21c Museum Hotel 03.10.16

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  • The dining room features exposed structural elements from the original factory

  • The ballroom is enclosed by acoustic drapes, which are operated mechanically

  • You Always Leave Me Wanting More, sculpture by SuttonBeresCuller, 2015


Art collectors Laura Lee Brown and Steve Wilson bring their boutique-hotel-cum-gallery concept to a 100-year-old Ford assembly plant in Oklahoma City. By Debika Ray

As the cost of living escalates in major urban centres, America’s secondary cities are experiencing something of a renaissance, with waves of millennials going in search of cheaper living space, while aspiring to retain their metropolitan lifestyles. ‘I call it the “Brooklynisation” of America,’ says architect Deborah Berke.

It’s a trend she’s tapped into with her projects for art collectors Laura Lee Brown and Steve Wilson. Over the past ten years, their company 21c has collaborated with Berke’s practice on a series of ‘museum hotels’ across the country: multi-purpose spaces for tourism, culture and socialising, incorporating bedrooms, galleries, bars, restaurants and meeting areas. These are located in what Berke describes as ‘blue cities in red states’ – Democrat-voting, liberal cities surrounded by mostly conservative Republican areas. The first was in 21c’s hometown of Louisville in Kentucky, followed by Lexington, Bentonville and Cincinnati. Projects in Nashville and Kansas City are underway and Indianapolis is on the drawing board. In the spirit of revitalisation, most occupy existing buildings, often designed by big names such as McKim, Mead & White (designers of the original Pennsylvania Station in New York) and Shreve, Lamb & Harmon (architects of the Empire State Building).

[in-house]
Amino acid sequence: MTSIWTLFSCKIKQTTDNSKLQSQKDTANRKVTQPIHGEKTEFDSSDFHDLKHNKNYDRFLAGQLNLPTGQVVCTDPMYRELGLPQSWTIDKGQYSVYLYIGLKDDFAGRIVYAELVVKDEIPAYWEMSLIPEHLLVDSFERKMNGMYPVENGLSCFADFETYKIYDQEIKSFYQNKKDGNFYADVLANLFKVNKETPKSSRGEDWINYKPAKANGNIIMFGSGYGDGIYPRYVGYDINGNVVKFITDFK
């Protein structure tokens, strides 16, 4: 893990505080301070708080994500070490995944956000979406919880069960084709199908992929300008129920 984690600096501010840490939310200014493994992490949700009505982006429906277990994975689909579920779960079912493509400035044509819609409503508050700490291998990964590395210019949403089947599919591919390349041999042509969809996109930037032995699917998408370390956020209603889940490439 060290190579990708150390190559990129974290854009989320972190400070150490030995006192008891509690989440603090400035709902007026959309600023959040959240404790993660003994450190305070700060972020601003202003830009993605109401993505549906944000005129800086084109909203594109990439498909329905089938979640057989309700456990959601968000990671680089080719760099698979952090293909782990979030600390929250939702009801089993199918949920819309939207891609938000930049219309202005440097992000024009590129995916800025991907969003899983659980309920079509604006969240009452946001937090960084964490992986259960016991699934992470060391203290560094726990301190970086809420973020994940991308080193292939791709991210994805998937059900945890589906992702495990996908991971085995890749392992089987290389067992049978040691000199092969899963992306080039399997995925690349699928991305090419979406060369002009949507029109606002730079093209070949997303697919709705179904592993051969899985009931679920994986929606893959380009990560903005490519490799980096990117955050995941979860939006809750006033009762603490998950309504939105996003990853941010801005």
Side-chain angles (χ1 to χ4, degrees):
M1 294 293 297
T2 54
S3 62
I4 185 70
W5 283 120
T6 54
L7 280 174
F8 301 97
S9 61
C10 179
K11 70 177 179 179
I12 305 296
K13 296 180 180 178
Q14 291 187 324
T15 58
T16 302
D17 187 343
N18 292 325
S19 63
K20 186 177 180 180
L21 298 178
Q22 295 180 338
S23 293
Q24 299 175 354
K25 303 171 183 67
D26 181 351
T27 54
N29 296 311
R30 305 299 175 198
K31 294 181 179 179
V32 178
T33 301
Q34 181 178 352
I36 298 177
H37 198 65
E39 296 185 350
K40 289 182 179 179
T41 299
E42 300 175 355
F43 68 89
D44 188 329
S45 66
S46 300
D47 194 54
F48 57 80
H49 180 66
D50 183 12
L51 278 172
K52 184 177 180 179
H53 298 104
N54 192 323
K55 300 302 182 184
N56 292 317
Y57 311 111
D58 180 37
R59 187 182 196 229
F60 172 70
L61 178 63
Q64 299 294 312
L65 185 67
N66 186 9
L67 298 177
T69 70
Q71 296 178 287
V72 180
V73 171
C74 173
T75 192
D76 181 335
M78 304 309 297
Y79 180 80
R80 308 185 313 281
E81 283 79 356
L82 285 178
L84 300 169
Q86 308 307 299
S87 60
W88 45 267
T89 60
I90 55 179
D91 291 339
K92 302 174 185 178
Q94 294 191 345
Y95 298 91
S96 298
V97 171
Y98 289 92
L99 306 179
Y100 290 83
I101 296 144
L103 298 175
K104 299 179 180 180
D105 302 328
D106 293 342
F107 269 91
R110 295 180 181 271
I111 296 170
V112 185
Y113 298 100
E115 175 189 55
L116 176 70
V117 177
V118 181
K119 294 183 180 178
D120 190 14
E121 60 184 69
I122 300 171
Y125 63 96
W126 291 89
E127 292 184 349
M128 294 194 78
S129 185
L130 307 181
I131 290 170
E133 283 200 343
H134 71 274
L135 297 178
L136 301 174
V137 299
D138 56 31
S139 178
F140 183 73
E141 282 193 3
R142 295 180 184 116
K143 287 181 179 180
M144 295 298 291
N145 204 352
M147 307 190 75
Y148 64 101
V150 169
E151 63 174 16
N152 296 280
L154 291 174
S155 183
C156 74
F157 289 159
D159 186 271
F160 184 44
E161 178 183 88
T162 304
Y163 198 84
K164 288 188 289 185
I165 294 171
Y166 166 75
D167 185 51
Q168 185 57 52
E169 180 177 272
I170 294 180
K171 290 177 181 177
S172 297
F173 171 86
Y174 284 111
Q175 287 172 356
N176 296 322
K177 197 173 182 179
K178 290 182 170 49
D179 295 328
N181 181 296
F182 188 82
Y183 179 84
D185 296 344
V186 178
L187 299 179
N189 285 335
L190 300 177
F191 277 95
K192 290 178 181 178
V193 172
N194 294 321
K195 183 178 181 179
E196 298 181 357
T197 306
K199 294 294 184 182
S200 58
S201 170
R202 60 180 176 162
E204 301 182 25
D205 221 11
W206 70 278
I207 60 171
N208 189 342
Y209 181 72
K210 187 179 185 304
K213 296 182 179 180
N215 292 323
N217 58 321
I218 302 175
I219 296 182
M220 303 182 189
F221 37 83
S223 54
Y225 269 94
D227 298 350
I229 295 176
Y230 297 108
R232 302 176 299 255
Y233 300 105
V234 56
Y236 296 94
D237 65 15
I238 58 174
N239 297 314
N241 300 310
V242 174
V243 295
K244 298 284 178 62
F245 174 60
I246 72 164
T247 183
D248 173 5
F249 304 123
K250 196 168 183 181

The latest to complete, in Oklahoma City, offers 135 rooms, gallery space, a restaurant and lounge, a spa and a conference centre – all in a former Ford factory designed in 1916 by Albert Kahn. As the first project undertaken in an industrial structure, this had particular challenges: primarily, that the building was ‘vastly too big’. Berke’s practice set about trying to create an intimate feeling without losing the structure’s industrial qualities. This was achieved by creating numerous self-contained, freestanding volumes within the hotel – lower in height than the original ceilings, these retain the scale of the building while creating manageable spaces within it. The most striking of these is the ballroom: its rounded shape contrasts with the factory’s orthogonal grid and it is surrounded by richly coloured acoustic drapes that allow it
to be opened up or closed off at will.

Glass-block light wells pull natural light into the core of the building, while a consistent palette of neutral colours, industrial lighting and materials such as corrugated metal, mesh and concrete ties the spaces together and references its original use. In the bar and restaurant, reclaimed wood and custom amber-glass pendants add warmth and richness.

The display of art is a subject close to Brown and Wilson’s hearts. ‘They wanted work to be seen in a 24/7 environment that is welcoming and approachable,’ Berke says. Kahn’s vast building lends itself well to displaying installations. The main gallery floor is embedded with a commissioned artwork featuring urban signage; the guest room floor has an installation of large red arrows that light up.

In the age of Airbnb, the ambition is to reclaim a more old-fashioned role for a hotel – one that unites service, experience and sociability. ‘Like it was in the 19th century, a hotel can be both a magnet and a beating heart of downtown.’




Debika Ray

quotes story

In the age of Airbnb, the ambition is to reclaim a more old-fashioned role for a hotel

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